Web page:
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Comment: Re:The idea was a good one, the execution poor (Score 1) 187

by squiggleslash (#49169035) Attached to: That U2 Apple Stunt Wasn't the Disaster You Might Think It Was

I'm pretty sure that my analogous hypothetical contract with my cleaning service doesn't include a clause about being allowed to deliver an unsolicited U2 CD, but nonetheless if they did it I wouldn't be upset in the way the other people on this thread are being.

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Reply to: Re:The idea was a good one, the execution poor </pre>

Comment: Re:Deja vu all over again (Score 1) 85

No, I'm not confusing the two, they're not the subject of this discussion which is ARM vs ix86. It's certainly correct that you also need the hardware to be open, but that's another entirely unrelated issue, and has nothing to do with ix86's legacy software compatibility.

Comment: comparison ? (Score 1) 105

by Tom (#49167509) Attached to: Unreal Engine 4 Is Now Free

Anyone who knows both - how does Unreal compare to Unity? I mean from a developer perspective. I've been using Unity since late 1.x / early 2.x days, and one thing that I like it for is that compared to the other engines I know from that time (e.g. Torque), it was always very easy to use and develop with, especially in the early development phases when you're prototyping and want to see some results, fast, so you can test basic gameplay and mechanics.

How does Unreal compare?

Comment: Re:The idea was a good one, the execution poor (Score 1) 187

by squiggleslash (#49166239) Attached to: That U2 Apple Stunt Wasn't the Disaster You Might Think It Was

Apple didn't break into a house though, they had an arrangement with you where they had the keys. It'd be more like the cleaning service (OK, I know, you don't have one, I don't either, but bear with me, the point is it's a commercial entity with permission to enter your home) coming into your home one day and leaving a U2 album, with a sticky on it saying "Thanks for being our customer - the maid", prominently on your CD shelf.

In order to receive the music, you had to already have an arrangement that newly bought music would be automatically downloaded and installed on your iDevice. If you didn't have that enabled, no U2 album. You'd already given permission to them to "put (other) music on your iDevice", what you hadn't necessarily done was given them permission to put this specific album on it. They had a key. You gave them the key.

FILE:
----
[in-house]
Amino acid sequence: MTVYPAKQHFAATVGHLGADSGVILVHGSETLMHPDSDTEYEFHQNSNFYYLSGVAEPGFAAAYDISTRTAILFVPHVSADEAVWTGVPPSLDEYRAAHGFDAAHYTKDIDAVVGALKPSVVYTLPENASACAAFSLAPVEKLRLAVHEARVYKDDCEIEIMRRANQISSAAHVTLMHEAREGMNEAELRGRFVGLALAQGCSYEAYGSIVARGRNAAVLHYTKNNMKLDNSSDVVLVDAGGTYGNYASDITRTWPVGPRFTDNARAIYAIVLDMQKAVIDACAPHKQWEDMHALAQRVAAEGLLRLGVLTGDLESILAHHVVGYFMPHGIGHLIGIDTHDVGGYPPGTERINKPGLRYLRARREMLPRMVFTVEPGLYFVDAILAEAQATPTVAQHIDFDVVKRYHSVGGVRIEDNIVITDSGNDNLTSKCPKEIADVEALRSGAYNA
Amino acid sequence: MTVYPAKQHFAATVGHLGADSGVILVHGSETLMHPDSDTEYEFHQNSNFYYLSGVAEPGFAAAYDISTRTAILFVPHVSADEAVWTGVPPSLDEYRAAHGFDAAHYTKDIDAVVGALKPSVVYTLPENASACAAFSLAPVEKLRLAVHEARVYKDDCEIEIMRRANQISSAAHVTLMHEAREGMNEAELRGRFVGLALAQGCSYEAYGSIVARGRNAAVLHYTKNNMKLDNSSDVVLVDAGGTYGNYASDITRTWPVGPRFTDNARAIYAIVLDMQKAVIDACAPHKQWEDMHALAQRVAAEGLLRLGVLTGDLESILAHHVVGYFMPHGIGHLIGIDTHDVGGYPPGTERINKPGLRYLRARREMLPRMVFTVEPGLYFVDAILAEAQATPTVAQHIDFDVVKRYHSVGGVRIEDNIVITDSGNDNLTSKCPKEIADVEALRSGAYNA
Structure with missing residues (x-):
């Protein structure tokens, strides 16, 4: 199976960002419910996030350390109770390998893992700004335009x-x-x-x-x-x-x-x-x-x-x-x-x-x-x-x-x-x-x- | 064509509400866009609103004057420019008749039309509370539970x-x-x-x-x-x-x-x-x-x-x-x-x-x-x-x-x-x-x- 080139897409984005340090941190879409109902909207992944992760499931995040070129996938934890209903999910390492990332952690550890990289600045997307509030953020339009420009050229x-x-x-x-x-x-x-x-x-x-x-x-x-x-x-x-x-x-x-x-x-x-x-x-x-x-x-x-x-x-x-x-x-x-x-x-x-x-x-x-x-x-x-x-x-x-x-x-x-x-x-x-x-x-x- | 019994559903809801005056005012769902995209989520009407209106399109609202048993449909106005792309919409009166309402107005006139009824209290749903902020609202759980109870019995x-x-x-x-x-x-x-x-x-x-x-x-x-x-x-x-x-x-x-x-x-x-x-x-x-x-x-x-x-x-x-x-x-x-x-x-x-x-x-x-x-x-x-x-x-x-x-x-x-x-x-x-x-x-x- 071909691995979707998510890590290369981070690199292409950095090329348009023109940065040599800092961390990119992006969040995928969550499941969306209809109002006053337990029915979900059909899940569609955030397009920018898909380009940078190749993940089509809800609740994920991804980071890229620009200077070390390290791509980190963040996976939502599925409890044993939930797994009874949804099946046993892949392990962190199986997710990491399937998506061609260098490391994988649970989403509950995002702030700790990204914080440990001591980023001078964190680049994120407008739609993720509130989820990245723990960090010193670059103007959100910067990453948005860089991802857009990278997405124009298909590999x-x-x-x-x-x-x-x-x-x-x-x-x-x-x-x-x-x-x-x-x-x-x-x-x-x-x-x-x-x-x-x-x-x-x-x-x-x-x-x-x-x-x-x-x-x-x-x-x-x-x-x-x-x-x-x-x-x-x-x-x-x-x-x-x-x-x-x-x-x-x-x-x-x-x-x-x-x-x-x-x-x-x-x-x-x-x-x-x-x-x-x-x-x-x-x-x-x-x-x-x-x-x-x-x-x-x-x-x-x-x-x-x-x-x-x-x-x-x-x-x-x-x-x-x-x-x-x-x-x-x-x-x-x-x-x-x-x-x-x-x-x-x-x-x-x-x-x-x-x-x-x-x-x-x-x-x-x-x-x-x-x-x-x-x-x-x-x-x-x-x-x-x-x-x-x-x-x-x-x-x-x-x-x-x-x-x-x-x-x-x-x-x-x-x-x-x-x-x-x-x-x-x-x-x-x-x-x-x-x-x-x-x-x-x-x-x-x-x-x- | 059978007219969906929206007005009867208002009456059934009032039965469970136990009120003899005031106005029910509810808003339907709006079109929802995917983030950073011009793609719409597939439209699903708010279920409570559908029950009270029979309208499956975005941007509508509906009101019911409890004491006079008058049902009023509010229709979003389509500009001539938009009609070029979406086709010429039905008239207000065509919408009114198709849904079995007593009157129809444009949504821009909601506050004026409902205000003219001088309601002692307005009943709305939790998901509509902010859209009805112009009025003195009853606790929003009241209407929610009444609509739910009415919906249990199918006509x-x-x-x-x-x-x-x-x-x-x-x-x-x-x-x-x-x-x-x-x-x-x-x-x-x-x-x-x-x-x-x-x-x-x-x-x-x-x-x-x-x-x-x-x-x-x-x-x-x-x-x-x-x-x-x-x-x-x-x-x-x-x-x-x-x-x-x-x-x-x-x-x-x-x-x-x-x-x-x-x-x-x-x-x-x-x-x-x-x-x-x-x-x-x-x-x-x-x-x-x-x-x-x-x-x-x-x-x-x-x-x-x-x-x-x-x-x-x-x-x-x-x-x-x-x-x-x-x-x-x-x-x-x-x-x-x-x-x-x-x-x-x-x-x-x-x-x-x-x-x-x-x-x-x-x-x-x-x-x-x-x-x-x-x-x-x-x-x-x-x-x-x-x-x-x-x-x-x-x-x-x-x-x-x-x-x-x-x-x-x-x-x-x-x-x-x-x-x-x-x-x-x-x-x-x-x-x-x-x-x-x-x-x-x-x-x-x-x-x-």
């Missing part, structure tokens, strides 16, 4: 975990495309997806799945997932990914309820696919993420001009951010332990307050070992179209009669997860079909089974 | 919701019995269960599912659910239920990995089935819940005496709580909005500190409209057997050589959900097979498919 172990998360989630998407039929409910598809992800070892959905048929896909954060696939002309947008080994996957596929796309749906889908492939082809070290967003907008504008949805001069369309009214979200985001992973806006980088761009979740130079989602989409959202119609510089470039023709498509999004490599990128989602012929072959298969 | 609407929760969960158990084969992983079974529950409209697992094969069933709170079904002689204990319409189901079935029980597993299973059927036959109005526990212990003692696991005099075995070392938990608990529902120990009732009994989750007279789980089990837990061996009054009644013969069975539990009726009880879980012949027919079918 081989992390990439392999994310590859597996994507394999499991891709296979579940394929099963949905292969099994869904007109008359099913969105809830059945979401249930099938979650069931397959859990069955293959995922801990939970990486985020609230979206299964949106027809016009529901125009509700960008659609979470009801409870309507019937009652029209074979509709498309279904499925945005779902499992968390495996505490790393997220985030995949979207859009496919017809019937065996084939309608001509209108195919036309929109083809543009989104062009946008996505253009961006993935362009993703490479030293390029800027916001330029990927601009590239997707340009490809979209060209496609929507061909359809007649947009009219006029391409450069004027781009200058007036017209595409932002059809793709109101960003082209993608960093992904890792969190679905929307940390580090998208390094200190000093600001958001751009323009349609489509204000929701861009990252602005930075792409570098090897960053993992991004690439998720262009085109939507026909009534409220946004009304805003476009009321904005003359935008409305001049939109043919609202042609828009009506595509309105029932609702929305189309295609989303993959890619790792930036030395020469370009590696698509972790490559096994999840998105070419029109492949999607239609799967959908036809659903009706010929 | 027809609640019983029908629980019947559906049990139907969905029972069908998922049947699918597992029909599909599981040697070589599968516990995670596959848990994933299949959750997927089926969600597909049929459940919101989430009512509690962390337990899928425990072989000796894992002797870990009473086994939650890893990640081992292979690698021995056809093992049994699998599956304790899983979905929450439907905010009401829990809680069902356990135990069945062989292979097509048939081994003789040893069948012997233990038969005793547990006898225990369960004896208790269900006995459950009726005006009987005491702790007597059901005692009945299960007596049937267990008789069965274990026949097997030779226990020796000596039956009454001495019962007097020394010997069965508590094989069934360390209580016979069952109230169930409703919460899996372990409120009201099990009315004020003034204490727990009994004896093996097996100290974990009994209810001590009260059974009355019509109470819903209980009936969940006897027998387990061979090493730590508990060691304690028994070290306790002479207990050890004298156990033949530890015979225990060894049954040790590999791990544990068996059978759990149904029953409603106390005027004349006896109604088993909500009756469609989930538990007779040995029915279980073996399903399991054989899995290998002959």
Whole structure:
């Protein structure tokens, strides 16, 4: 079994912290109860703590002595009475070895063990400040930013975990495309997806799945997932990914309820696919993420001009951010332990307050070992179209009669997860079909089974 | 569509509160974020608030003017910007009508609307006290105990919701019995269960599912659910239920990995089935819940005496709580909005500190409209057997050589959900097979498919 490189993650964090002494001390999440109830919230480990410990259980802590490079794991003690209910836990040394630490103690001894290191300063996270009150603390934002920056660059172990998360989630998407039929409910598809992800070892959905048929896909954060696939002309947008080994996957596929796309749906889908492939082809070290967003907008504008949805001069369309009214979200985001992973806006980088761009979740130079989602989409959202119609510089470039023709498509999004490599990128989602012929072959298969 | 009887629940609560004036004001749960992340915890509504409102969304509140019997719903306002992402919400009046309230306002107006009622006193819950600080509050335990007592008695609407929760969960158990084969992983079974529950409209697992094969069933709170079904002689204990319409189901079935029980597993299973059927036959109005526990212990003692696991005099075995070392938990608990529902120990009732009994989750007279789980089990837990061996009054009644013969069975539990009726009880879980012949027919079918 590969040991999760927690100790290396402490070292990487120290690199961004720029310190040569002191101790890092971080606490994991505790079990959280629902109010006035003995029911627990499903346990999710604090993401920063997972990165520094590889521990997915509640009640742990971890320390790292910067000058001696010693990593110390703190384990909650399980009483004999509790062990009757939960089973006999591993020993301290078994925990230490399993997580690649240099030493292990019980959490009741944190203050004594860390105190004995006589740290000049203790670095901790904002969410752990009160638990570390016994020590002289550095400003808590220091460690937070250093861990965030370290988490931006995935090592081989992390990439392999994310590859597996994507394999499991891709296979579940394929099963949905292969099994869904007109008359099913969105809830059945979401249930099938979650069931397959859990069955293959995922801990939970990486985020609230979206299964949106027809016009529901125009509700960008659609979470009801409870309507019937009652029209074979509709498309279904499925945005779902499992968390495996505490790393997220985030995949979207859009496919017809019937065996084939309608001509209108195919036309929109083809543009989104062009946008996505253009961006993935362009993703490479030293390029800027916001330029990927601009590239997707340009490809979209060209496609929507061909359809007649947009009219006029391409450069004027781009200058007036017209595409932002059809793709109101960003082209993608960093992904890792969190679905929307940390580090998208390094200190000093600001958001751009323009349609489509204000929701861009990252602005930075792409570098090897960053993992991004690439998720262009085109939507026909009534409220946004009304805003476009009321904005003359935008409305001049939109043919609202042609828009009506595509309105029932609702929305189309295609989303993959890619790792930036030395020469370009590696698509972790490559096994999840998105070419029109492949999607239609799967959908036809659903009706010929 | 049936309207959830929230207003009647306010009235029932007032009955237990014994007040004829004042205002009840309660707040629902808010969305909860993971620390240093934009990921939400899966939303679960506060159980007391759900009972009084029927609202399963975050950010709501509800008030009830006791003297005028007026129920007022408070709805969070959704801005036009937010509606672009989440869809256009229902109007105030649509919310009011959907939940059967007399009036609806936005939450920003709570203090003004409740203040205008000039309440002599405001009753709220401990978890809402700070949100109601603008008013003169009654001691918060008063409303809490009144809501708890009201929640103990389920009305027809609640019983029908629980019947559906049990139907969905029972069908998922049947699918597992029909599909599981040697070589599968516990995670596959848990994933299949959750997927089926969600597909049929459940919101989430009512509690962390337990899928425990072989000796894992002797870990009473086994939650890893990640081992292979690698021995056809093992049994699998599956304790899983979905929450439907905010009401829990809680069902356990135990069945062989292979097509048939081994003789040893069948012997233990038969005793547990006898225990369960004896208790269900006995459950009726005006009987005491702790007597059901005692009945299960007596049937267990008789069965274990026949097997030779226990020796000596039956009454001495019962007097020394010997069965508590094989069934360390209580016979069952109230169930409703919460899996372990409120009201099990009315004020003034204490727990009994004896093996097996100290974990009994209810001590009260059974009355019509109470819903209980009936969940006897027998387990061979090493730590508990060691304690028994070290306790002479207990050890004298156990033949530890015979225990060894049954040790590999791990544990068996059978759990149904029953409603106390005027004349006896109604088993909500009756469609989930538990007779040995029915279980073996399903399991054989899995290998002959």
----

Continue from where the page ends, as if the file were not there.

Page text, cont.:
Did it matter that they used it? They used it to give you a free gift. Why is this a major problem?

Comment: Re:It should stand two degrees, for sure! (Score 2) 245

by hairyfeet (#49165085) Attached to: 20-Year-Old Military Weather Satellite Explodes In Orbit

Uhhh...unless I'm mistaken the USA hasn't used RTGs as power sources except in deep space for precisely this very reason, too risky if something goes BOOM!

OTOH the Soviets had a serious love affair with RTGs, they used 'em on LEO sats, used 'em in their arctic bases, even ran lighthouses with RTGs. They cranked out so many RTGs they honestly no longer know where they are all located, so many were used in the former USSR that there is no telling how many abandoned stations in Bumfuckistan have RTGs lying around waiting for some fool to kill himself trying to steal the metals in the casing.

Comment: Re:Deja vu all over again (Score 1) 86

Not being cruel but being open source and ARM a recompile away was supposed to be their big boon

Yeah, but you and I and the rest of the world knows that this isn't true in practice. Developers are familiar with x86, some ports don't simply recompile flawlessly (though 99% do), and there are benefits to having a single base of binaries that need maintaining - if there wasn't, we'd all be running Gentoo. There's also some binary-blob stuff out there, Flash plug-ins, "official" builds of Chrome et al, some video codecs, and, of course, Wine.

Pretty much the only person who can happily hope from CPU arch to CPU arch with merely a recompile is Richard Stallman, because he's really the only person in the world who actually doesn't run code unless he has the source code to it. But he's not going to be buying a 3G tablet anytime soon so...

Comment: Re:It should stand two degrees, for sure! (Score 1) 245

by hairyfeet (#49164927) Attached to: 20-Year-Old Military Weather Satellite Explodes In Orbit

Interesting? Really mods? Everybody forget Occam's razor? This thing was the OLDEST one the military had that was still "functioning" and by functioning they meant it was parked as a back up for the last NINE YEARS.